Surgical fusion of early onset severe scoliosis increases survival in Rett syndrome: A cohort study
Downs, Jenny, Torode, Ian, Wong, Kingsley, Ellaway, Carolyn, Elliott, Elizabeth J., Izatt, Maree T., Askin, Geoffrey N., McPhee, Bruce I., Cundy, Peter, & Leonard, Helen J. (2016) Surgical fusion of early onset severe scoliosis increases survival in Rett syndrome: A cohort study. Developmental Medicine & Child Neurology, 58(6), pp. 632-638.
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- Scoliosis is a common co-morbidity in Rett syndrome and spinal fusion may be recommended if severe. We investigated the impact of spinal fusion on survival and risk of severe lower respiratory tract infection in Rett syndrome.
- Data were ascertained from hospital medical records, the Australian Rett Syndrome Database, a longitudinal and population-based registry, and from the Australian Institute of Health and Welfare National Death Index database. Cox regression and generalized estimating equation models were used to estimate the effects of spinal surgery on survival and severe respiratory infection respectively in 140 females who developed severe scoliosis (Cobb angle ≥45°) before adulthood.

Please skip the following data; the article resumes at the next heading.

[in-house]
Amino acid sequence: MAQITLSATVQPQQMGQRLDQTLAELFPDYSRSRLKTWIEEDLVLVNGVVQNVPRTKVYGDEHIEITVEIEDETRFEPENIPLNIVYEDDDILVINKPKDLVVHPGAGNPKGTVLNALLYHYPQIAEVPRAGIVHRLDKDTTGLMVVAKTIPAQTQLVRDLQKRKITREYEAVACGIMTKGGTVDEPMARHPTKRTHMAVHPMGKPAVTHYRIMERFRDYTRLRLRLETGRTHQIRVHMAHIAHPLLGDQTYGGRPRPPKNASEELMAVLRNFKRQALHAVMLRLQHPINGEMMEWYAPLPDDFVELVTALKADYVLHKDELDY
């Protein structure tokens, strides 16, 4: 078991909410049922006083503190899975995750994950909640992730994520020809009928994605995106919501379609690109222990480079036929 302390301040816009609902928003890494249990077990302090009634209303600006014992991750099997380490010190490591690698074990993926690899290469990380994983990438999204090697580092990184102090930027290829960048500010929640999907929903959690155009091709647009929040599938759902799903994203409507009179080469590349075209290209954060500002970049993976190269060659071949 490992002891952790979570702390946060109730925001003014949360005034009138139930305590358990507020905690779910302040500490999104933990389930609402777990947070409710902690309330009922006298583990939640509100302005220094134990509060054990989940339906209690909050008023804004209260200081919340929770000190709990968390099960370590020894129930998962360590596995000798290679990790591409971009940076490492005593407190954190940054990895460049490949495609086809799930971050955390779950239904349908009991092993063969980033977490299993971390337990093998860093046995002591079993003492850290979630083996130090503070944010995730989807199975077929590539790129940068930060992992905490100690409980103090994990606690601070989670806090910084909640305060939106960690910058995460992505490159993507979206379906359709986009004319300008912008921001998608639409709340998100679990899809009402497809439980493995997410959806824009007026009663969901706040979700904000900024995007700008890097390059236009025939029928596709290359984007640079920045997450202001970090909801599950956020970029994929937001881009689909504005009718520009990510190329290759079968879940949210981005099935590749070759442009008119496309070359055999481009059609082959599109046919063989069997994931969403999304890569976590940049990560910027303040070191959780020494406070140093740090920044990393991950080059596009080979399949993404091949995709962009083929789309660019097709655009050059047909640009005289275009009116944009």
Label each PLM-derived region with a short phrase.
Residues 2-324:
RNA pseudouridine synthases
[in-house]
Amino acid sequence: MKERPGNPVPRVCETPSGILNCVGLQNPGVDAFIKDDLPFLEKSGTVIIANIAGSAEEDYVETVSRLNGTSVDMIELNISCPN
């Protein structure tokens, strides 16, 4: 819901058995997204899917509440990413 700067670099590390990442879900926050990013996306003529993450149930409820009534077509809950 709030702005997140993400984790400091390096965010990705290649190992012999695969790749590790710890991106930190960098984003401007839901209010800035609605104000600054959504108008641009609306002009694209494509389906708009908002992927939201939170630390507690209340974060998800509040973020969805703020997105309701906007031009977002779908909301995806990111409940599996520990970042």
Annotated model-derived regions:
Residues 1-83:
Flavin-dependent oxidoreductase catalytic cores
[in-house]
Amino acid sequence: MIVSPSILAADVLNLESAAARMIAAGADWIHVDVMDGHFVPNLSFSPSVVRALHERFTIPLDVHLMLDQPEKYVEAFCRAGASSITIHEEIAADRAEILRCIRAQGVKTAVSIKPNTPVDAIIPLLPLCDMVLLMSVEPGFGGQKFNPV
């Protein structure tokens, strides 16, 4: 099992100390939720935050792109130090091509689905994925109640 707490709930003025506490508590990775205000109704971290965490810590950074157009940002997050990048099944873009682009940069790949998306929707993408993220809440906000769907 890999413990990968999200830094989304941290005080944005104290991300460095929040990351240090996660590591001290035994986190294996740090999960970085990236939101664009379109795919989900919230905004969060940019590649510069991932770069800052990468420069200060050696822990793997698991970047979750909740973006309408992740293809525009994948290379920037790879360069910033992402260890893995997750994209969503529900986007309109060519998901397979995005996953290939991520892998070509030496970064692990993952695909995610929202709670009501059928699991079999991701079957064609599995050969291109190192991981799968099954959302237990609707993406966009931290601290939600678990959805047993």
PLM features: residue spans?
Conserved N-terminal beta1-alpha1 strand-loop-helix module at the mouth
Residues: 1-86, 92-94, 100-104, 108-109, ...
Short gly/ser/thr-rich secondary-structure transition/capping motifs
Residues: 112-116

- After adjusting for mutation type and age of scoliosis onset, the rate of death was lower in the surgery group (hazard ratio [HR] 0.30, 95% confidence interval [CI] 0.12–0.74; p=0.009) compared to those without surgery. Rate of death was particularly reduced for those with early onset scoliosis (HR 0.17, 95% CI 0.06–0.52; p=0.002). There was some evidence to suggest that spinal fusion was associated with a reduction in risk of severe respiratory infection among those with early onset scoliosis (risk ratio 0.41, 95% CI 0.16–1.03; p=0.06).
- With appropriate cautions, spinal fusion confers an advantage to life expectancy in Rett syndrome.
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|Item Type:||Journal Article|
|Keywords:||Rett Syndrome, Survival, surgical fusion, Scoliosis surgery, spinal fusion, early onset scoliosis, life expectancy|
|Subjects:||Australian and New Zealand Standard Research Classification > ENGINEERING (090000) > BIOMEDICAL ENGINEERING (090300) > Biomechanical Engineering (090302)
Australian and New Zealand Standard Research Classification > MEDICAL AND HEALTH SCIENCES (110000) > CLINICAL SCIENCES (110300) > Orthopaedics (110314)
|Divisions:||Current > Schools > School of Chemistry, Physics & Mechanical Engineering
Current > Institutes > Institute of Health and Biomedical Innovation
Current > QUT Faculties and Divisions > Science & Engineering Faculty
|Copyright Owner:||Copyright 2015 Mac Keith Press|
|Deposited On:||27 Jan 2016 05:33|
|Last Modified:||10 Jun 2016 05:46|
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